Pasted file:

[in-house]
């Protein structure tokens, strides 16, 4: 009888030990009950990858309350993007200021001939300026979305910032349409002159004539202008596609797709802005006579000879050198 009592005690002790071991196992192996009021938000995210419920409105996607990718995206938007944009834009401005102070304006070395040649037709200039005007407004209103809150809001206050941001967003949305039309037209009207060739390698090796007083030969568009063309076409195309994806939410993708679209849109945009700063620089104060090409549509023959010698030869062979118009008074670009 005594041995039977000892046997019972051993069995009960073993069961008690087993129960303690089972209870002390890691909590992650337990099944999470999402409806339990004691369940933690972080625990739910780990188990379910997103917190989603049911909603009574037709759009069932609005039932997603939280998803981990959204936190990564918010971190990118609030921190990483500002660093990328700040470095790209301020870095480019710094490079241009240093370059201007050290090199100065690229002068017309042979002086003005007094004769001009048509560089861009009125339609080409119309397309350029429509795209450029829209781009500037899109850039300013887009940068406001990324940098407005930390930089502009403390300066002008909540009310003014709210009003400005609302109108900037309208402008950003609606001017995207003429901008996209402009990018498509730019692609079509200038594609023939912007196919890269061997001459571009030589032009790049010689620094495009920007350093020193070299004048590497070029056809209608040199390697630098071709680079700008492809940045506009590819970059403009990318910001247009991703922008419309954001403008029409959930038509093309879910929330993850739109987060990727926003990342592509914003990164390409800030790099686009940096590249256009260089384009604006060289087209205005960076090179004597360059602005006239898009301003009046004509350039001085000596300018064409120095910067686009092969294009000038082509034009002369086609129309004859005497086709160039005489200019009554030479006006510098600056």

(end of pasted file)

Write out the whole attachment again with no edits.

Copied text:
[in-house]
């Protein structure tokens, strides 16, 4: 009888030990009950990858309350993007200021001939300026979305910032349409002159004539202008596609797709802005006579000879050198 009592005690002790071991196992192996009021938000995210419920409105996607990718995206938007944009834009401005102070304006070395040649037709200039005007407004209103809150809001206050941001967003949305039309037209009207060739390698090796007083030969568009063309076409195309994806939410993708679209849109945009700063620089104060090409549509023959010698030869062979118009008074670009 005594041995039977000892046997019972051993069995009960073993069961008690087993129960303690089972209870002390890691909590992650337990099944999470999402409806339990004691369940933690972080625990739910780990188990379910997103917190989603049911909603009574037709759009069932609005039932997603939280998803981990959204936190990564918010971190990118609030921190990483500002660093990328700040470095790209301020870095480019710094490079241009240093370059201007050290090199100065690229002068017309042979002086003005007094004769001009048509560089861009009125339609080409119309397309350029429509795209450029829209781009500037899109850039300013887009940068406001990324940098407005930390930089502009403390300066002008909540009310003014709210009003400005609302109108900037309208402008950003609606001017995207003429901008996209402009990018498509730019692609079509200038594609023939912007196919890269061997001459571009030589032009790049010689620094495009920007350093020193070299004048590497070029056809209608040199390697630098071709680079700008492809940045506009590819970059403009990318910001247009991703922008419309954001403008029409959930038509093309879910929330993850739109987060990727926003990342592509914003990164390409800030790099686009940096590249256009260089384009604006060289087209205005960076090179004597360059602005006239898009301003009046004509350039001085000596300018064409120095910067686009092969294009000038082509034009002369086609129309004859005497086709160039005489200019009554030479006006510098600056």